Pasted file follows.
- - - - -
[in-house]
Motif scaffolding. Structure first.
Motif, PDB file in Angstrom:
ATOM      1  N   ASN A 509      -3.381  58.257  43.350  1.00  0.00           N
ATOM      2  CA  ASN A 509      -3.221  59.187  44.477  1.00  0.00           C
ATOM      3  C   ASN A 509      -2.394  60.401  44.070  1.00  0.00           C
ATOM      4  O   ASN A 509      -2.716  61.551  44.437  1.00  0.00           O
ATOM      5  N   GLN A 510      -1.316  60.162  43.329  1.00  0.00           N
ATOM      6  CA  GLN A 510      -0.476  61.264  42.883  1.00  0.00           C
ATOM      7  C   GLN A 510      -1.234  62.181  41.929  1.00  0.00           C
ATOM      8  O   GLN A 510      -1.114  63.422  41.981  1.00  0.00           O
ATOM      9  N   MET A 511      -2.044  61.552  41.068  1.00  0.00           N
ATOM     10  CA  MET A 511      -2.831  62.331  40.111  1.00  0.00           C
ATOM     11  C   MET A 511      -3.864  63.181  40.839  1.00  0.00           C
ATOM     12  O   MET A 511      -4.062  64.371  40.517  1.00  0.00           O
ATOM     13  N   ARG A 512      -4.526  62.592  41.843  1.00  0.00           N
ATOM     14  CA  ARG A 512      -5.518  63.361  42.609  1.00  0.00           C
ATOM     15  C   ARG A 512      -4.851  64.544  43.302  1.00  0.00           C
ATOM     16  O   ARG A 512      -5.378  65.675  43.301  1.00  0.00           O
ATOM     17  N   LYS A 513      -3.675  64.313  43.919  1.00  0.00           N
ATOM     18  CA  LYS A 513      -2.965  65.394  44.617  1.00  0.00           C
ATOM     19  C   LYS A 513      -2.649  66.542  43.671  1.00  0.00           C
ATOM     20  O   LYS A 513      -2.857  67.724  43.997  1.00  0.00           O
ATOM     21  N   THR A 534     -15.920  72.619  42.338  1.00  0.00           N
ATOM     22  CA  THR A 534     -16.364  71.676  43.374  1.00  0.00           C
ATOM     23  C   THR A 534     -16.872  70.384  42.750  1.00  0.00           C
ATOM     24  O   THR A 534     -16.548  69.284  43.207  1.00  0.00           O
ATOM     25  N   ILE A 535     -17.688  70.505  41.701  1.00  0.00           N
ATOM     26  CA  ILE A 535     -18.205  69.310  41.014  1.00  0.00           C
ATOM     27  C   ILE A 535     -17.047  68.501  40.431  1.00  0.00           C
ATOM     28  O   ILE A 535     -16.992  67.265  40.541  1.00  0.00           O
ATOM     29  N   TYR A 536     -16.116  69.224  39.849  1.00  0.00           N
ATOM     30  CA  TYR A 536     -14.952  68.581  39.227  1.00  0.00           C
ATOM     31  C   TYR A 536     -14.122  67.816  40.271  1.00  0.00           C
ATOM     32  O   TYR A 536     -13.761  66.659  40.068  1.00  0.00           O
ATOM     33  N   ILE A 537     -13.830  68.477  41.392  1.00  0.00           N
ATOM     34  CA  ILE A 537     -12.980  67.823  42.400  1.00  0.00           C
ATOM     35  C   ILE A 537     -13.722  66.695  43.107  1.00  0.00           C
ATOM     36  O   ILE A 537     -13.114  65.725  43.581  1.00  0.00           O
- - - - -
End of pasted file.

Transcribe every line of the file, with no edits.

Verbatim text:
[in-house]
Motif scaffolding. Structure first.
Motif, PDB file in Angstrom:
ATOM      1  N   ASN A 509      -3.381  58.257  43.350  1.00  0.00           N
ATOM      2  CA  ASN A 509      -3.221  59.187  44.477  1.00  0.00           C
ATOM      3  C   ASN A 509      -2.394  60.401  44.070  1.00  0.00           C
ATOM      4  O   ASN A 509      -2.716  61.551  44.437  1.00  0.00           O
ATOM      5  N   GLN A 510      -1.316  60.162  43.329  1.00  0.00           N
ATOM      6  CA  GLN A 510      -0.476  61.264  42.883  1.00  0.00           C
ATOM      7  C   GLN A 510      -1.234  62.181  41.929  1.00  0.00           C
ATOM      8  O   GLN A 510      -1.114  63.422  41.981  1.00  0.00           O
ATOM      9  N   MET A 511      -2.044  61.552  41.068  1.00  0.00           N
ATOM     10  CA  MET A 511      -2.831  62.331  40.111  1.00  0.00           C
ATOM     11  C   MET A 511      -3.864  63.181  40.839  1.00  0.00           C
ATOM     12  O   MET A 511      -4.062  64.371  40.517  1.00  0.00           O
ATOM     13  N   ARG A 512      -4.526  62.592  41.843  1.00  0.00           N
ATOM     14  CA  ARG A 512      -5.518  63.361  42.609  1.00  0.00           C
ATOM     15  C   ARG A 512      -4.851  64.544  43.302  1.00  0.00           C
ATOM     16  O   ARG A 512      -5.378  65.675  43.301  1.00  0.00           O
ATOM     17  N   LYS A 513      -3.675  64.313  43.919  1.00  0.00           N
ATOM     18  CA  LYS A 513      -2.965  65.394  44.617  1.00  0.00           C
ATOM     19  C   LYS A 513      -2.649  66.542  43.671  1.00  0.00           C
ATOM     20  O   LYS A 513      -2.857  67.724  43.997  1.00  0.00           O
ATOM     21  N   THR A 534     -15.920  72.619  42.338  1.00  0.00           N
ATOM     22  CA  THR A 534     -16.364  71.676  43.374  1.00  0.00           C
ATOM     23  C   THR A 534     -16.872  70.384  42.750  1.00  0.00           C
ATOM     24  O   THR A 534     -16.548  69.284  43.207  1.00  0.00           O
ATOM     25  N   ILE A 535     -17.688  70.505  41.701  1.00  0.00           N
ATOM     26  CA  ILE A 535     -18.205  69.310  41.014  1.00  0.00           C
ATOM     27  C   ILE A 535     -17.047  68.501  40.431  1.00  0.00           C
ATOM     28  O   ILE A 535     -16.992  67.265  40.541  1.00  0.00           O
ATOM     29  N   TYR A 536     -16.116  69.224  39.849  1.00  0.00           N
ATOM     30  CA  TYR A 536     -14.952  68.581  39.227  1.00  0.00           C
ATOM     31  C   TYR A 536     -14.122  67.816  40.271  1.00  0.00           C
ATOM     32  O   TYR A 536     -13.761  66.659  40.068  1.00  0.00           O
ATOM     33  N   ILE A 537     -13.830  68.477  41.392  1.00  0.00           N
ATOM     34  CA  ILE A 537     -12.980  67.823  42.400  1.00  0.00           C
ATOM     35  C   ILE A 537     -13.722  66.695  43.107  1.00  0.00           C
ATOM     36  O   ILE A 537     -13.114  65.725  43.581  1.00  0.00           O